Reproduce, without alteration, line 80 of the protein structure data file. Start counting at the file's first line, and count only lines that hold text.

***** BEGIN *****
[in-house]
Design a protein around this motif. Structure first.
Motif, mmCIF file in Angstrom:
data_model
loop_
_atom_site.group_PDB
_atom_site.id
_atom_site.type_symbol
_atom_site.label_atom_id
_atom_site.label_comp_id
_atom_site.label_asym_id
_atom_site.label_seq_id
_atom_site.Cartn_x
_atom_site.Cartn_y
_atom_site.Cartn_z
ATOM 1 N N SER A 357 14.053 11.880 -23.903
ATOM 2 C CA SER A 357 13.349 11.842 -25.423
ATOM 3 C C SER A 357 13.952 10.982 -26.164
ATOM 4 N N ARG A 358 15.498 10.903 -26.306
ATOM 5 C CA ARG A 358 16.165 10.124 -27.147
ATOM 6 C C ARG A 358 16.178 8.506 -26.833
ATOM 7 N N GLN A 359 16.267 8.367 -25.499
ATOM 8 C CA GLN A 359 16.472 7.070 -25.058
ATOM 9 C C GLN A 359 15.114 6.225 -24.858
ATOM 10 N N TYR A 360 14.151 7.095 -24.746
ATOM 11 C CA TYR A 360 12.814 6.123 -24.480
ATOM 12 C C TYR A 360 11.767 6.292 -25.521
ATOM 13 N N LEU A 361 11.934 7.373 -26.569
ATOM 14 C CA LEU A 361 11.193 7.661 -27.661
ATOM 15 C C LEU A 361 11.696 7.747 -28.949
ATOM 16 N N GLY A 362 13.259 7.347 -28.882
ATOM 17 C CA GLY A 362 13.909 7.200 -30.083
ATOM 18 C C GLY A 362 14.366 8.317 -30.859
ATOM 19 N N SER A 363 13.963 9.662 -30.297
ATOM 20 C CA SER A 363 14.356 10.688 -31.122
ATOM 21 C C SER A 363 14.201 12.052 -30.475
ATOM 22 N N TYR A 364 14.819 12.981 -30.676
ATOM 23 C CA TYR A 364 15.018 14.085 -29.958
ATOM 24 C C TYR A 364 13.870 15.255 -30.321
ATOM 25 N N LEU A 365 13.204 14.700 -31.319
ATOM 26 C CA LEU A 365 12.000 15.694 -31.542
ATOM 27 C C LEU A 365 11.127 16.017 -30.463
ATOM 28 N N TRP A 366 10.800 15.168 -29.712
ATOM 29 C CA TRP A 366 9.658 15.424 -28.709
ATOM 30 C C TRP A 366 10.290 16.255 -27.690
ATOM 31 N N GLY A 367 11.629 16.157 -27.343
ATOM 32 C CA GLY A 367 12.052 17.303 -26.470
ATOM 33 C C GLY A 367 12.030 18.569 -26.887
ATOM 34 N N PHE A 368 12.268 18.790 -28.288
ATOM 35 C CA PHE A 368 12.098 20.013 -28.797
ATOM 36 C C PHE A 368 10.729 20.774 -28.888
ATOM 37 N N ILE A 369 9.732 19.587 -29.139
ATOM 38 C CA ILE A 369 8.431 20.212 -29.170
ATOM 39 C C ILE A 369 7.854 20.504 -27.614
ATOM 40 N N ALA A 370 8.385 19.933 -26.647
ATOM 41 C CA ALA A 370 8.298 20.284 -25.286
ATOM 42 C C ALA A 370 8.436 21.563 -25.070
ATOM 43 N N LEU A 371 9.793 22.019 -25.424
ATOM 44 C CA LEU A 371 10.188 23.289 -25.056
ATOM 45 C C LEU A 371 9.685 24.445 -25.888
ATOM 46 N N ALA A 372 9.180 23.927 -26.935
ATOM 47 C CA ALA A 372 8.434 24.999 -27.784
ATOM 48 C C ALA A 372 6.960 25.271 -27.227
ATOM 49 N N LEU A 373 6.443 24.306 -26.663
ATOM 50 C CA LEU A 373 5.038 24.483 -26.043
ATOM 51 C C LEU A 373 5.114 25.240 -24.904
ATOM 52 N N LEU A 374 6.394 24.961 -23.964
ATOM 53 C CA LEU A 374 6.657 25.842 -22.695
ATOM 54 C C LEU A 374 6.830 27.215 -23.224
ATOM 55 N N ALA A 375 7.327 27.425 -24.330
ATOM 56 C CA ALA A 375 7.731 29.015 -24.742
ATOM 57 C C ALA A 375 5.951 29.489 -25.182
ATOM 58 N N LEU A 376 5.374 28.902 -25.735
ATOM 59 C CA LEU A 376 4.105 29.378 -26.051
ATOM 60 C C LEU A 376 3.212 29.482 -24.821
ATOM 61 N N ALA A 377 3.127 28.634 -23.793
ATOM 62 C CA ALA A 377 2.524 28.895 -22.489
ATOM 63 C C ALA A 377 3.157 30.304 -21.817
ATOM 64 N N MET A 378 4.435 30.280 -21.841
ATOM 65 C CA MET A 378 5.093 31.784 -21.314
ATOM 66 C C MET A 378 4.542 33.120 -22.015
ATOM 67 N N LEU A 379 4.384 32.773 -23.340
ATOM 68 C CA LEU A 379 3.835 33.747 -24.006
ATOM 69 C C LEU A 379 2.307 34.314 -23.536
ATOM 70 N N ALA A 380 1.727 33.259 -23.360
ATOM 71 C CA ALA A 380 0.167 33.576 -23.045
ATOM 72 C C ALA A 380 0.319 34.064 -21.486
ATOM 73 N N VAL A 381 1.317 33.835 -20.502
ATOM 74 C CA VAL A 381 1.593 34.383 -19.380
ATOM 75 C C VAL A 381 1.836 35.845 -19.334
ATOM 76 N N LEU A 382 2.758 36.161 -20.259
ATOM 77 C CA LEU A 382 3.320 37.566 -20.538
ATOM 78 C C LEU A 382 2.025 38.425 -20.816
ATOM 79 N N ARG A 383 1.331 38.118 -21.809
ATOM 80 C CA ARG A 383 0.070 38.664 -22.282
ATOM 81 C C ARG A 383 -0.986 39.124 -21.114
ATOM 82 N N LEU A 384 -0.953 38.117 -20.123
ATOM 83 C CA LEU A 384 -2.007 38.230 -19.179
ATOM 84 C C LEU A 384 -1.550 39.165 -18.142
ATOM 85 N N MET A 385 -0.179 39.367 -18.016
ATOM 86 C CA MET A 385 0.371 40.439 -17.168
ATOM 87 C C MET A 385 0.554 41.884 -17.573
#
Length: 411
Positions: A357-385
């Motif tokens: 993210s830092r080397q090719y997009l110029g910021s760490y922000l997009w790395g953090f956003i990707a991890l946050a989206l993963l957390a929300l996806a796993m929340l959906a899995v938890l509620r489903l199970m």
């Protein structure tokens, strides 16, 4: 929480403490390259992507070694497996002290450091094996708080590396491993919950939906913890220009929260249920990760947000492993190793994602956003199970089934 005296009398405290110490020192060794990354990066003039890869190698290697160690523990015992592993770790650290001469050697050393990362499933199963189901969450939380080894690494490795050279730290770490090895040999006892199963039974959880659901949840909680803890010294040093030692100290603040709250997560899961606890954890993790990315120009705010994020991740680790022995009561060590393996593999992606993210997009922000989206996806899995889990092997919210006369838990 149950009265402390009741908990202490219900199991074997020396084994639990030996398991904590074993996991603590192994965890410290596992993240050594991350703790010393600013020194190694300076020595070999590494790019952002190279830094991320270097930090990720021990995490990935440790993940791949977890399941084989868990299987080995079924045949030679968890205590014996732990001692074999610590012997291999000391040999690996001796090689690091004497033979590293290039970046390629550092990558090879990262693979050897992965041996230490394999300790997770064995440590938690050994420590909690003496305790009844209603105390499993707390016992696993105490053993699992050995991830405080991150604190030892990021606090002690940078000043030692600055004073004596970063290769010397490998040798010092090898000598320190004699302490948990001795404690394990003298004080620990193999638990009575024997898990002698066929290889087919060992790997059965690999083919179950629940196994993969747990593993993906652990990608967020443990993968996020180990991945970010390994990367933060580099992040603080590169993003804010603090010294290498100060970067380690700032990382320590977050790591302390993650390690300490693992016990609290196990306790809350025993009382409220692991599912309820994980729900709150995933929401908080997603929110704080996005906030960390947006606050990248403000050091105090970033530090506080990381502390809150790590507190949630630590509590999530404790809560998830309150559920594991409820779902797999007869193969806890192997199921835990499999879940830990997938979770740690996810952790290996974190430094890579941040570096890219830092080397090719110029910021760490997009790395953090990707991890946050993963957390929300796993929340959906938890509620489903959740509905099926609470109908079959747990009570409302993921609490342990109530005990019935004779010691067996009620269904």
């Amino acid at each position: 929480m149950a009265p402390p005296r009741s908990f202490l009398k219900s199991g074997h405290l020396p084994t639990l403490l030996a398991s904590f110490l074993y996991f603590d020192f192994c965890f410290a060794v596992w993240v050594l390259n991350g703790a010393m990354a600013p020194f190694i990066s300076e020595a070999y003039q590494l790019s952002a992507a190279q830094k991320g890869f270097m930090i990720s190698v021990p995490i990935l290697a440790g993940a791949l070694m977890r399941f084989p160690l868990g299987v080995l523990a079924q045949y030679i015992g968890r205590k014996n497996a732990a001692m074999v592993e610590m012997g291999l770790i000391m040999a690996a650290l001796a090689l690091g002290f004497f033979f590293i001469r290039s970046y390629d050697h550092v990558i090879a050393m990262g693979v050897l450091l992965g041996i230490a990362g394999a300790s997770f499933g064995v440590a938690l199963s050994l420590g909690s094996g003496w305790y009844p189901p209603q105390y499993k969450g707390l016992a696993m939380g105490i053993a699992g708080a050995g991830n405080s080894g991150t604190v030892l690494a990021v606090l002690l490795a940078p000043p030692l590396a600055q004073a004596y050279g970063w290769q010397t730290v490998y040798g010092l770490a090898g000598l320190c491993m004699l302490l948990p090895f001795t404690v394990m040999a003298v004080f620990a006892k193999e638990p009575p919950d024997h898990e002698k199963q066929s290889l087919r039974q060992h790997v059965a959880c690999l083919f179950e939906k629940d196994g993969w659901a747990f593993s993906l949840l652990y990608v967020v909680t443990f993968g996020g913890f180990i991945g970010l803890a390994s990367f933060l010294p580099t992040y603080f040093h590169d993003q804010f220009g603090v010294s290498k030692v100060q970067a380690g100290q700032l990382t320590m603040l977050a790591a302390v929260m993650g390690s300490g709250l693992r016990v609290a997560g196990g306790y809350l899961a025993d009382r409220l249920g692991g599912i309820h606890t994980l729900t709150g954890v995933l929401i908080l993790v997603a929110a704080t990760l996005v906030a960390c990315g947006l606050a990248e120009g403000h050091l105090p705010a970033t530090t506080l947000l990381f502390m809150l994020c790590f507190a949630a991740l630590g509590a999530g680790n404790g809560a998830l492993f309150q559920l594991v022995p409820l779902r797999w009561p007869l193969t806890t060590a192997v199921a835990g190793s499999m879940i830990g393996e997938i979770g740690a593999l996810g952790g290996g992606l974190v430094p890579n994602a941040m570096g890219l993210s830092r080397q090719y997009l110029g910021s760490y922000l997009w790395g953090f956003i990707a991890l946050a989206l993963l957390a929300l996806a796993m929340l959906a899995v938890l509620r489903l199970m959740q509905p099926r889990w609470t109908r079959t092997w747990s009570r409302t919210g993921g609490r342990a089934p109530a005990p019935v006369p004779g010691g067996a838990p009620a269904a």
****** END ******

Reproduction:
ATOM 65 C CA MET A 378 5.093 31.784 -21.314